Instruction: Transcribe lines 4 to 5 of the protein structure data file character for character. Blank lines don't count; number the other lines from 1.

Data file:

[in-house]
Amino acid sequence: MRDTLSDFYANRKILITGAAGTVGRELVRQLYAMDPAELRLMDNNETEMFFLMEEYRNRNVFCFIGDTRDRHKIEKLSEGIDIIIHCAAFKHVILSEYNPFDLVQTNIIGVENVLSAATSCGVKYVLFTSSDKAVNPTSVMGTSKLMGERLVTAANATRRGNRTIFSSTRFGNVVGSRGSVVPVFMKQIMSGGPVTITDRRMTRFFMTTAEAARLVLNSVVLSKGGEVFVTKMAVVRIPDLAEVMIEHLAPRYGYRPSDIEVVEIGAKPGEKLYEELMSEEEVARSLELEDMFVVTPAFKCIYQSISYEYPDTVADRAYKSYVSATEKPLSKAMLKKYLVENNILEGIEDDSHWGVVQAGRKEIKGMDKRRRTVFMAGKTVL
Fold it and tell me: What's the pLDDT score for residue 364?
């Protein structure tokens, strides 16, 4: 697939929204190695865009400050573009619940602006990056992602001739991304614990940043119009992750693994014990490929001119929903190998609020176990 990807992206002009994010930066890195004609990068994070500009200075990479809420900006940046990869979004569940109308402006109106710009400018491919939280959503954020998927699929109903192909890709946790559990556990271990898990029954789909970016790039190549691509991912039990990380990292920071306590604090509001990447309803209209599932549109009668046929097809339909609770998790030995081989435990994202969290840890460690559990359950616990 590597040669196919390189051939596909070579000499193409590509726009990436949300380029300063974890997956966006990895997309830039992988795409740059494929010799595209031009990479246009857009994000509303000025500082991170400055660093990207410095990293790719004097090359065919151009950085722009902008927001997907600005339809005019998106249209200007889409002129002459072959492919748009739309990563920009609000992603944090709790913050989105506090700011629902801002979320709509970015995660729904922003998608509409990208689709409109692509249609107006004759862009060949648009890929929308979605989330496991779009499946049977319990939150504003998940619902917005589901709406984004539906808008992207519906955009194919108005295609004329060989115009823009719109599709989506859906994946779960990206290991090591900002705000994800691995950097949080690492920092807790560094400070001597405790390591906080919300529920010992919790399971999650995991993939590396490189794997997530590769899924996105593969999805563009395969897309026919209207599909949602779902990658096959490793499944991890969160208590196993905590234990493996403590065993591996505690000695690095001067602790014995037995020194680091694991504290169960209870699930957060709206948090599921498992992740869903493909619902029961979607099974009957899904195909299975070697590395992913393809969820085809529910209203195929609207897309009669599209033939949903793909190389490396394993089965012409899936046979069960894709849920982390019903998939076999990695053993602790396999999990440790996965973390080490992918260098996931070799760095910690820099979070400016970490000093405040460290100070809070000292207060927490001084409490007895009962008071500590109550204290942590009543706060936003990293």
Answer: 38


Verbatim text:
């Protein structure tokens, strides 16, 4: 697939929204190695865009400050573009619940602006990056992602001739991304614990940043119009992750693994014990490929001119929903190998609020176990 990807992206002009994010930066890195004609990068994070500009200075990479809420900006940046990869979004569940109308402006109106710009400018491919939280959503954020998927699929109903192909890709946790559990556990271990898990029954789909970016790039190549691509991912039990990380990292920071306590604090509001990447309803209209599932549109009668046929097809339909609770998790030995081989435990994202969290840890460690559990359950616990 590597040669196919390189051939596909070579000499193409590509726009990436949300380029300063974890997956966006990895997309830039992988795409740059494929010799595209031009990479246009857009994000509303000025500082991170400055660093990207410095990293790719004097090359065919151009950085722009902008927001997907600005339809005019998106249209200007889409002129002459072959492919748009739309990563920009609000992603944090709790913050989105506090700011629902801002979320709509970015995660729904922003998608509409990208689709409109692509249609107006004759862009060949648009890929929308979605989330496991779009499946049977319990939150504003998940619902917005589901709406984004539906808008992207519906955009194919108005295609004329060989115009823009719109599709989506859906994946779960990206290991090591900002705000994800691995950097949080690492920092807790560094400070001597405790390591906080919300529920010992919790399971999650995991993939590396490189794997997530590769899924996105593969999805563009395969897309026919209207599909949602779902990658096959490793499944991890969160208590196993905590234990493996403590065993591996505690000695690095001067602790014995037995020194680091694991504290169960209870699930957060709206948090599921498992992740869903493909619902029961979607099974009957899904195909299975070697590395992913393809969820085809529910209203195929609207897309009669599209033939949903793909190389490396394993089965012409899936046979069960894709849920982390019903998939076999990695053993602790396999999990440790996965973390080490992918260098996931070799760095910690820099979070400016970490000093405040460290100070809070000292207060927490001084409490007895009962008071500590109550204290942590009543706060936003990293």
Answer: 38